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by | Feb 12, 2024 | Writing Process | 0 comments


My mother taught for over forty years. She taught in public elementary schools outside New York City, in the Pennsylvania suburbs, and in an elite private school in Princeton. She also directed a New Jersey cooperative nursery school, and when she retired, she volunteered in a third-grade classroom in San Diego. As you might expect, over decades in the classroom, she learned tens of thousands of names. When I became pregnant with my first child, I asked her what she thought I should name my baby. Boy, did she have an opinion! Her sage advice about names and some tips I’ve picked up during my writing journey are listed below.

  1. Choose a name that doesn’t confuse people. In 1994 and 1995, when my children were born, unisex names were all the rage. Names like Parker, James, and Blake were in trend. Also, celebrities were spelling their baby’s names in unique ways. Emmalee instead of Emily. Dafydd instead of David. Cydnee instead of Sydney. My mother encouraged me to steer clear of these fads. I believe this wisdom can also be applied when naming novel characters. Knowing a character’s gender from the get-go is key. Also, you don’t want readers to stumble on an unusual name spelling and get pulled out of your story.
  2. Consider choosing a name that adds meaning and depth to your story. My athletic

grandfather, whose name was William, desperately wanted a son. When my grandmother gave birth to her third daughter, they named her Wilhemina and called her Billie. This name choice tells me a lot. It tells me that Wilhemina was probably going to be their last child, that my grandfather hoped she’d be sporty, and that she’d probably be special to him. After all, she was his namesake. It also tells me that my Aunt Billie had expectations placed on her even before she crawled or uttered a word. Bottom line, don’t just pick the first name that pops into your head. Failing to select a name for a reason can be a missed opportunity. Names can add layers, depth, and meaning to your story and flesh out your characters.

  • Choose names that start with different letters. If you’re on a reality show, it’s cute when everyone has similar-sounding names like Kim, Kloe, Kourtney, Kris, Kendall, and Kylie, but it’s not so clever in a novel. Don’t annoy or confuse readers. Pick names that start with different letters.
  • Along the same vein, choose ethnic-sounding names that readers can pronounce. One of my critique group friends is writing a novel set in India. It makes total sense that his characters would have Indian names. But I’d advise selecting Amar over Abhimanyu. You don’t want readers to put down your novel because they’re tongue-tied.
  • Don’t select a name with a negative connotation or select a famous person’s name unless there’s a plot reason for doing so. When I was pregnant with my daughter, I wanted to name her Isabelle. My mother opposed the name on the grounds that Isabelle was one of Cinderella’s mean stepsisters. She claimed she would think of that spiteful stepsister whenever she heard the name. I’m pretty sure she was exaggerating, and I still love the name Isabelle, but it’s better to avoid names with negative connotations unless the choice is intentional and adds to the storyline. The same is true of giving your characters famous names like Elvis or Cher.  Avoid using them unless the name has meaning in your story.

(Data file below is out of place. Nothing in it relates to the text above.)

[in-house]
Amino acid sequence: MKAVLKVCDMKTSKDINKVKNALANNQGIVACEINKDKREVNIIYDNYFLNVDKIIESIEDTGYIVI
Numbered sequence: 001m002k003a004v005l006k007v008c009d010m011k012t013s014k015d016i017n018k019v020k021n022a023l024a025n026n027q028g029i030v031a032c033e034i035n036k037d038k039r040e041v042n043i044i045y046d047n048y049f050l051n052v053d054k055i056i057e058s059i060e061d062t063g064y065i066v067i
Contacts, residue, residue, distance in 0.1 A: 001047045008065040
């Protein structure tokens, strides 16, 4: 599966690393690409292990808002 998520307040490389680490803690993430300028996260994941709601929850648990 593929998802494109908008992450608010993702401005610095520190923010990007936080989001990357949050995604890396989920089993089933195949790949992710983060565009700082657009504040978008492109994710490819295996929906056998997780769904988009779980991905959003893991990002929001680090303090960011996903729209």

• Limit the number of names in your story to keep your readers from becoming overwhelmed. If you can avoid naming a minor character, don’t name them. If you can combine cut characters, do that, too.
  • Carefully name streets, towns, and buildings, not just characters. All names matter because they add texture to your story. When I lived in New Jersey, I took regular trips to my vacation home in Florida. I kept a notebook in my car and jotted down street and town names that spoke to me. I still use that list when writing fiction today.
  • Consider going against type or not. If your character is a cheerleader, you might go with the stereotype and name her Ashley, Brandi, or Tiffany. But if you want your cheerleader to be more memorable, you could call her Mildred, Irma, or Myrtle. It’s your call.
  • Research your characters’ names by googling them or by having Beta readers critique your novel. We think we recognize famous or embarrassing names, but this isn’t always the case. You don’t want your protagonist’s sweet kindergartener to have the same name as a famous porn star.
  • Consider naming characters after people in your life or not. My name is Mary, and both my grandmothers were named Mary. My grandmothers were flattered that my mother chose to give me their names. But not everyone’s going to like it if they open your novel and discover that you’ve given a character their name, especially if that character is flawed. I’ve named characters after people in my life because something about the characters reminds me of them. But I use the names as placeholders only. I change them before the final draft to avoid upsetting friends and relatives.

So, how much do names matter? According to my mother, they matter a lot in the classroom and in life. As far as novel writing goes, I contend that everything matters when you’re writing a novel—plot, setting, pacing, story arc, and names, too. Choose your names wisely.

FYI, my mother’s name was Joan Louise Fry Schwartz.


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